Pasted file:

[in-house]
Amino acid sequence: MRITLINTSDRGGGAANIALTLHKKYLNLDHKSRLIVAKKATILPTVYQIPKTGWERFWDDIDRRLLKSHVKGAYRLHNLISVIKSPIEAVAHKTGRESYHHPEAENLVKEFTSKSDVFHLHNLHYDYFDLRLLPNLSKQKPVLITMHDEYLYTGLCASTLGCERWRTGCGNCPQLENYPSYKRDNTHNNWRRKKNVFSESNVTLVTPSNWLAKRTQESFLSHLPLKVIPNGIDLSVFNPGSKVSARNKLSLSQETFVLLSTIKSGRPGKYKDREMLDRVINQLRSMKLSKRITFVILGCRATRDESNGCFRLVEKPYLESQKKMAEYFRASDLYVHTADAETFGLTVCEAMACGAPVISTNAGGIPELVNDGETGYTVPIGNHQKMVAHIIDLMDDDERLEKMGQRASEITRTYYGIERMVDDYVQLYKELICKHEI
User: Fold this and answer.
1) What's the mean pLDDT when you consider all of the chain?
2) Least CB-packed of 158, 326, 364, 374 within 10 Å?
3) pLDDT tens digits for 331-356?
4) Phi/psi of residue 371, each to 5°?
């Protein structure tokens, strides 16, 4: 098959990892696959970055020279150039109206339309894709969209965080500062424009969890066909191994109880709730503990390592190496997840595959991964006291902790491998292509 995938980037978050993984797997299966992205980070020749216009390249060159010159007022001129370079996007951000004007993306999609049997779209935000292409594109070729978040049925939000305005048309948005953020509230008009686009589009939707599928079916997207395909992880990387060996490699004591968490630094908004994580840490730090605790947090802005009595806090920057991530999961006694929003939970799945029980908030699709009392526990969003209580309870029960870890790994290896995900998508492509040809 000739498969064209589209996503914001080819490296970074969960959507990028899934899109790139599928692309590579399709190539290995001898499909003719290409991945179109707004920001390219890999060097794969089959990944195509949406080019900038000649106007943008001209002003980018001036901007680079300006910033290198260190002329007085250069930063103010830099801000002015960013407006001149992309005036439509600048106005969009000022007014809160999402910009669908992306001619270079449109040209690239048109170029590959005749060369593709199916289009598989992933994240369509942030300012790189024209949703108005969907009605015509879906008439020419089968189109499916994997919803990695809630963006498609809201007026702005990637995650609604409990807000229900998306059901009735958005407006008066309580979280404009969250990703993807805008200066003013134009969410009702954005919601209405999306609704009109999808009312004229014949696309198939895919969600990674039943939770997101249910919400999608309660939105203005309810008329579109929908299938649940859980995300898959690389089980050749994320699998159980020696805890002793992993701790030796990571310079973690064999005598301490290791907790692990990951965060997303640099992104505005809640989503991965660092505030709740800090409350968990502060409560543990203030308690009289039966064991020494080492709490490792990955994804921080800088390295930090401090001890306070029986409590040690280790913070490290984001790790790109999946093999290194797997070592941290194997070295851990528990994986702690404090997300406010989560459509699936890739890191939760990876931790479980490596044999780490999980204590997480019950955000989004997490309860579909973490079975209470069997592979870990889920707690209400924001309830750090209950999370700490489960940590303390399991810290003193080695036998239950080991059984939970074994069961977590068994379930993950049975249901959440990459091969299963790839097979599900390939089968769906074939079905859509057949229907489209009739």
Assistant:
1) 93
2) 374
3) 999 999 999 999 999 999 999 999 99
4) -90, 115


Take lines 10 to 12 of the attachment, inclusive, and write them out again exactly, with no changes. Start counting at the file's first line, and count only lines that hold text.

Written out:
1) 93
2) 374
3) 999 999 999 999 999 999 999 999 99